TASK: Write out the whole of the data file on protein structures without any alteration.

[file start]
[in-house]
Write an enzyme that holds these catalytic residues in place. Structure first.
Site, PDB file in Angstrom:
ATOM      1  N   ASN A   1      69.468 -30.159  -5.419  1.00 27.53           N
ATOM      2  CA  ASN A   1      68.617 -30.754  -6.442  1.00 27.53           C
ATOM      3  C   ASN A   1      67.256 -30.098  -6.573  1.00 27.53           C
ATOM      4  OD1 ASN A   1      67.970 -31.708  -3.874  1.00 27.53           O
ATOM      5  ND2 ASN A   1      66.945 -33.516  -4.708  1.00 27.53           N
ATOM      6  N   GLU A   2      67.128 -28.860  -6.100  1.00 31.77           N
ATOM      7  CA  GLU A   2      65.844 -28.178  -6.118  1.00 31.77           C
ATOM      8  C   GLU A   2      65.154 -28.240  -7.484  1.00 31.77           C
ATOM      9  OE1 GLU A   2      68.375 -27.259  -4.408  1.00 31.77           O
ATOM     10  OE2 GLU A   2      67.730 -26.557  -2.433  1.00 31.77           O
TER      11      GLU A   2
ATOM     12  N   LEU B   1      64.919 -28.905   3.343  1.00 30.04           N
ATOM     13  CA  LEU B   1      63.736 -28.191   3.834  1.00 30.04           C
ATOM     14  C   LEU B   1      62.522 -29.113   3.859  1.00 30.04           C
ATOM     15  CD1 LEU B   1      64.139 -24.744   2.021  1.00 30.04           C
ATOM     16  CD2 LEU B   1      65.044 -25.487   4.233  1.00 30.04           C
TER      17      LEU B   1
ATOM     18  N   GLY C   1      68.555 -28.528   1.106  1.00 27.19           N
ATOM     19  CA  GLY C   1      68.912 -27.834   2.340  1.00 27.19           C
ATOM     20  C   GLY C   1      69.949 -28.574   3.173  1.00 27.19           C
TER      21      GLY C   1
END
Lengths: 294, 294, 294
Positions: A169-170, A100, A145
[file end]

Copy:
[in-house]
Write an enzyme that holds these catalytic residues in place. Structure first.
Site, PDB file in Angstrom:
ATOM      1  N   ASN A   1      69.468 -30.159  -5.419  1.00 27.53           N
ATOM      2  CA  ASN A   1      68.617 -30.754  -6.442  1.00 27.53           C
ATOM      3  C   ASN A   1      67.256 -30.098  -6.573  1.00 27.53           C
ATOM      4  OD1 ASN A   1      67.970 -31.708  -3.874  1.00 27.53           O
ATOM      5  ND2 ASN A   1      66.945 -33.516  -4.708  1.00 27.53           N
ATOM      6  N   GLU A   2      67.128 -28.860  -6.100  1.00 31.77           N
ATOM      7  CA  GLU A   2      65.844 -28.178  -6.118  1.00 31.77           C
ATOM      8  C   GLU A   2      65.154 -28.240  -7.484  1.00 31.77           C
ATOM      9  OE1 GLU A   2      68.375 -27.259  -4.408  1.00 31.77           O
ATOM     10  OE2 GLU A   2      67.730 -26.557  -2.433  1.00 31.77           O
TER      11      GLU A   2
ATOM     12  N   LEU B   1      64.919 -28.905   3.343  1.00 30.04           N
ATOM     13  CA  LEU B   1      63.736 -28.191   3.834  1.00 30.04           C
ATOM     14  C   LEU B   1      62.522 -29.113   3.859  1.00 30.04           C
ATOM     15  CD1 LEU B   1      64.139 -24.744   2.021  1.00 30.04           C
ATOM     16  CD2 LEU B   1      65.044 -25.487   4.233  1.00 30.04           C
TER      17      LEU B   1
ATOM     18  N   GLY C   1      68.555 -28.528   1.106  1.00 27.19           N
ATOM     19  CA  GLY C   1      68.912 -27.834   2.340  1.00 27.19           C
ATOM     20  C   GLY C   1      69.949 -28.574   3.173  1.00 27.19           C
TER      21      GLY C   1
END
Lengths: 294, 294, 294
Positions: A169-170, A100, A145